At first, it was easy. Tom and I supported each other in our work, shared the domestic drudgery equally, and always seemed to have time for each other and for fun. Life was not only good, it felt fair.
Then we had a son. And then a daughter. Like that frog in the science experiment who has the sense to jump out of a pot of boiling water but, plopped into tepid water, he doesn’t notice it gradually heating to boiling point until he is cooked, our division of labour through the years steadily grew laughably, ridiculously, irrationally, frustratingly unfair.
Forget about having it all, it felt like I was doing it all.
“You are not the Lion King!” I would occasionally yell, usually after finding myself scrubbing an oven hood so clogged with grease that the smoke alarms wouldn’t stop screeching while he watched TV. “You don’t get to laze around while I do all the work!”
He’d shoot back that my standards were too high. “You’re just like Marge Simpson. When her house was burning down, she found dirty dishes in the sink and stood there washing them,” he’d say.
When it came to the kids, I took them to all their medical appointments. Tom didn’t even know where the dentist’s office was. Without question, I was the one who stayed at home or rearranged my work schedule when they were sick. While Tom slept soundly or was off at work, I was the one still up at 2am baking cupcakes for the school or wrapping Christmas presents.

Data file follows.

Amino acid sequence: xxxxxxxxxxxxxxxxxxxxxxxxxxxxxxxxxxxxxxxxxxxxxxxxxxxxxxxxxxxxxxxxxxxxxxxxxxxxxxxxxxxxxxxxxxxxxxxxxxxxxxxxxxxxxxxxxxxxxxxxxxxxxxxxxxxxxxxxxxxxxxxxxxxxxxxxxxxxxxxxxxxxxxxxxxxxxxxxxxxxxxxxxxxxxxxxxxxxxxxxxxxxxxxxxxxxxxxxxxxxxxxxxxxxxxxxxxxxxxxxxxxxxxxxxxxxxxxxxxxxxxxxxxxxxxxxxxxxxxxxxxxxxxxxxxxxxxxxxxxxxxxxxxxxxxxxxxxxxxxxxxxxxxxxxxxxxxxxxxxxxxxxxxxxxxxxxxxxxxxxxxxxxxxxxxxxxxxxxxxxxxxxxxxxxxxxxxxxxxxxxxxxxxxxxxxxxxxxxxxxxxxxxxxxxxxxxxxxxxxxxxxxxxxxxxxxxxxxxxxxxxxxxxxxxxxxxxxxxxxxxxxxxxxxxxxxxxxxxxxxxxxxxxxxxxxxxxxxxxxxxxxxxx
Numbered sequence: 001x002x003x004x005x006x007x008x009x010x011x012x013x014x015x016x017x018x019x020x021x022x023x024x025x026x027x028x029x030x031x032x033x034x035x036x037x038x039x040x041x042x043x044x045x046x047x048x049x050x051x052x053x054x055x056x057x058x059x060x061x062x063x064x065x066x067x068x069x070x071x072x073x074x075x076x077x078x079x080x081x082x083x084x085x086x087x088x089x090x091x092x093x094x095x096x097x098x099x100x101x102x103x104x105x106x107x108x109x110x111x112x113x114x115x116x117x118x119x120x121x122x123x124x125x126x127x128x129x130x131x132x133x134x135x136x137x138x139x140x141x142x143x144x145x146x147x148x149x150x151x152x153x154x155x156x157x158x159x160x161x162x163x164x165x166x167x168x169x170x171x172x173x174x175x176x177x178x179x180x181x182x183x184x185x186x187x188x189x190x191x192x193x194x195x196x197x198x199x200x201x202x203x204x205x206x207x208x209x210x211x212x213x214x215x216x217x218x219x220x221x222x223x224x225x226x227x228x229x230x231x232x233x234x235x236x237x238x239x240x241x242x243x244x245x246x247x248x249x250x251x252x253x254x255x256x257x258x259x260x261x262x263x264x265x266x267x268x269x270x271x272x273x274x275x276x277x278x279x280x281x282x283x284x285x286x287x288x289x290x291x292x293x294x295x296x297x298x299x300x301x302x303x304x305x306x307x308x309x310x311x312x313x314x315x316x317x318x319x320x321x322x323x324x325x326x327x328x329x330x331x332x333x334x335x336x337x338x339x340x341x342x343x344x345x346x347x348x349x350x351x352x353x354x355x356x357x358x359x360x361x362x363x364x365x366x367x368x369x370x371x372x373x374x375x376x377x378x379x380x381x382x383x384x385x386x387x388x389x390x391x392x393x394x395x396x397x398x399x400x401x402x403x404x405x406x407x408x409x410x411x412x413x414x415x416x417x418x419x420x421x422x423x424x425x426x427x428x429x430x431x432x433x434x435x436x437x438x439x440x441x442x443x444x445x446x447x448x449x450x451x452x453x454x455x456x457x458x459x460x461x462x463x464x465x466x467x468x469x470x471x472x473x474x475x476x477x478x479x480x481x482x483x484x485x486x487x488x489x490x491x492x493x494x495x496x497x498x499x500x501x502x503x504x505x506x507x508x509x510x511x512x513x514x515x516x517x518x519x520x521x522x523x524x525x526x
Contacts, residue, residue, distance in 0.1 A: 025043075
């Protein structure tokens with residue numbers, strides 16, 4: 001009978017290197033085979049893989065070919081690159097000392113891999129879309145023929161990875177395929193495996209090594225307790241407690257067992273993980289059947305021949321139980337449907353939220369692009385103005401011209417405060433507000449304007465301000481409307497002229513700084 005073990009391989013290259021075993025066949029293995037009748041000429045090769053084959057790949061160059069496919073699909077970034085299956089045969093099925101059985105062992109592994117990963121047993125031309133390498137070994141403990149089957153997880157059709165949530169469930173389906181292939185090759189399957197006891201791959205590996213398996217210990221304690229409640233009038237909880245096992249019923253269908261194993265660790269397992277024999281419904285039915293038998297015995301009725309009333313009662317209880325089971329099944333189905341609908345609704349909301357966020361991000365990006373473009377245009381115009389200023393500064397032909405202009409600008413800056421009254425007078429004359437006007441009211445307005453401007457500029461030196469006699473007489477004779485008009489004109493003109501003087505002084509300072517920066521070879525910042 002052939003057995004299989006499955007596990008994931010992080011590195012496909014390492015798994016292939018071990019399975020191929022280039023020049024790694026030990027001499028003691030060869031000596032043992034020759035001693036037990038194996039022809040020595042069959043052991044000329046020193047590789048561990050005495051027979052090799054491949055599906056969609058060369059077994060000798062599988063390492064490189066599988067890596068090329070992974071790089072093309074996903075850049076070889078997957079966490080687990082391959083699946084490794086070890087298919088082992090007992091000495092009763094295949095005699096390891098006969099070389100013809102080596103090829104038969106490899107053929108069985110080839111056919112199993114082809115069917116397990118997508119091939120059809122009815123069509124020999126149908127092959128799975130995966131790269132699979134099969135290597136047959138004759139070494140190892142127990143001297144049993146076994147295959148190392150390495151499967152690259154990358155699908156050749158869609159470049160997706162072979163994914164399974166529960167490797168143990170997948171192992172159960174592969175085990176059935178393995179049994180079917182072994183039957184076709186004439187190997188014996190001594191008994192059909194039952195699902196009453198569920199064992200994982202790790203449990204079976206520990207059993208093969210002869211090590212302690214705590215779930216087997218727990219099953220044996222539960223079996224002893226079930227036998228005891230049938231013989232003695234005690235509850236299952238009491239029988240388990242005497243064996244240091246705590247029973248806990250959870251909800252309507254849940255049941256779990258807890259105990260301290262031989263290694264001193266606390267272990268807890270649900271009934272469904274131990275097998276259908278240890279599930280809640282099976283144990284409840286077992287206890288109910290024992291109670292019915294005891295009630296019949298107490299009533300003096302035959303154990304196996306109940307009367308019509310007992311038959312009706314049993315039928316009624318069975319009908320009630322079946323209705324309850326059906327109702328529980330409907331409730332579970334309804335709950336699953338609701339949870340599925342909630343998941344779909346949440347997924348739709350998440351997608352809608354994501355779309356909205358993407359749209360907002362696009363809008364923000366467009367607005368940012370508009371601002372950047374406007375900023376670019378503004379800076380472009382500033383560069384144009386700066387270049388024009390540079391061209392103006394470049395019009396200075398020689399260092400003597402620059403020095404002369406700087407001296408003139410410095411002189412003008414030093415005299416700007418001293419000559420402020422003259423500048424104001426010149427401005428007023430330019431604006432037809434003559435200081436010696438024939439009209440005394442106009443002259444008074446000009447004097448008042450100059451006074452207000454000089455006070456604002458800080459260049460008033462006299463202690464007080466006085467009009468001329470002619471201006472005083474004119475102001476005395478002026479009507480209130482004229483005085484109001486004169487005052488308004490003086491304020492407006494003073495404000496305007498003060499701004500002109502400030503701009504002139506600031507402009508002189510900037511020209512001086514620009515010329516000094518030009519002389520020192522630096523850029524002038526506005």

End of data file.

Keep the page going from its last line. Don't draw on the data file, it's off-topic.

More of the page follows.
It had reached the point where I didn’t want to feel so hostile and resentful all the time, so I made a weird, lopsided bargain: I would do most of the child, house and garden work, taxes and drudge stuff. All I asked for in return, I told Tom, was this: “I just want you to notice – and say thank you.”
Our wildly out of whack division of labour is a big reason why my life felt as if it had splintered into unsatisfying, distracted and fragmented scraps that I called time confetti.
From “How my husband and I finally achieved equality at home” by Bridget Schulte in The Guardian. (Thanks to Sara for the link).
This article is a very good description of how inequality creeps into a relationship but in spite of the title, a less clear description of how you correct it. Yes, you take turns at all the domestic work and yes, you spend more time connecting, but how? How did you get there? How did you unpick such entrenched patterns of behaviour? How do you monitor it without that becoming someone’s task, too? How do you get everyone equally invested in the outcome when some were clearly benefiting from the old unfair way of doing things?
But anyway, I really just want to take note here of a couple of things in this article. One, I always find it amusing to hear the unique terms couples invent for describing one another’s annoying behaviours so, I enjoyed ‘Lion King’ immeasurably and two, how recognisable is that deal she made to swallow inequality if her sacrifice could at least be acknowledged by her partner and kids? And how devastating is it when you discover there is no appreciation?